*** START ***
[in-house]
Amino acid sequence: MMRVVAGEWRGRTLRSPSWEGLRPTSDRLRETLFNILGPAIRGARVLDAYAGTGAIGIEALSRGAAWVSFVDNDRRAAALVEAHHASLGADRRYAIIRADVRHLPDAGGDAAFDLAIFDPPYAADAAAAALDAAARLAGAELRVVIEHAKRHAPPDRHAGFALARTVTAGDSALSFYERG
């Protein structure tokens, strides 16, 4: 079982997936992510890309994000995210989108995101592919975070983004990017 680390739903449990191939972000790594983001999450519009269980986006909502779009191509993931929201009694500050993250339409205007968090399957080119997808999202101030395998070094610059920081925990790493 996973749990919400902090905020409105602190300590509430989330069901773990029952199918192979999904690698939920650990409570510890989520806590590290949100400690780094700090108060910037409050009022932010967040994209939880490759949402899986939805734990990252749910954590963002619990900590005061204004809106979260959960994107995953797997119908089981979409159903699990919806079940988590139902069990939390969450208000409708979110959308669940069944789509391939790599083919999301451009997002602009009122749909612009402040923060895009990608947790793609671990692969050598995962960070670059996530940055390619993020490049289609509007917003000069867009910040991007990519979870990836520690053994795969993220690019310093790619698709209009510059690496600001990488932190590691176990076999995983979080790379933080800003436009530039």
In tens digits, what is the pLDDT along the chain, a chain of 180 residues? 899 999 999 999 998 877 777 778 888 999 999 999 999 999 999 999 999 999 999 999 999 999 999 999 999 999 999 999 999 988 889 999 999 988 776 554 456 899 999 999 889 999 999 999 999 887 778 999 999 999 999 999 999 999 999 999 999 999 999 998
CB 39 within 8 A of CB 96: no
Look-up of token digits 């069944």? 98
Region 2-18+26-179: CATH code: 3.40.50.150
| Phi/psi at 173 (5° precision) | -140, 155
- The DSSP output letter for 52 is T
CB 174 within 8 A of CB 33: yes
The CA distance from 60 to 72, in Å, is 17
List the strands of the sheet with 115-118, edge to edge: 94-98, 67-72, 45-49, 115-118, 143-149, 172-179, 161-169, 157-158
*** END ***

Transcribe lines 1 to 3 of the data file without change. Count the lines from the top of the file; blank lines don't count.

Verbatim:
[in-house]
Amino acid sequence: MMRVVAGEWRGRTLRSPSWEGLRPTSDRLRETLFNILGPAIRGARVLDAYAGTGAIGIEALSRGAAWVSFVDNDRRAAALVEAHHASLGADRRYAIIRADVRHLPDAGGDAAFDLAIFDPPYAADAAAAALDAAARLAGAELRVVIEHAKRHAPPDRHAGFALARTVTAGDSALSFYERG
């Protein structure tokens, strides 16, 4: 079982997936992510890309994000995210989108995101592919975070983004990017 680390739903449990191939972000790594983001999450519009269980986006909502779009191509993931929201009694500050993250339409205007968090399957080119997808999202101030395998070094610059920081925990790493 996973749990919400902090905020409105602190300590509430989330069901773990029952199918192979999904690698939920650990409570510890989520806590590290949100400690780094700090108060910037409050009022932010967040994209939880490759949402899986939805734990990252749910954590963002619990900590005061204004809106979260959960994107995953797997119908089981979409159903699990919806079940988590139902069990939390969450208000409708979110959308669940069944789509391939790599083919999301451009997002602009009122749909612009402040923060895009990608947790793609671990692969050598995962960070670059996530940055390619993020490049289609509007917003000069867009910040991007990519979870990836520690053994795969993220690019310093790619698709209009510059690496600001990488932190590691176990076999995983979080790379933080800003436009530039």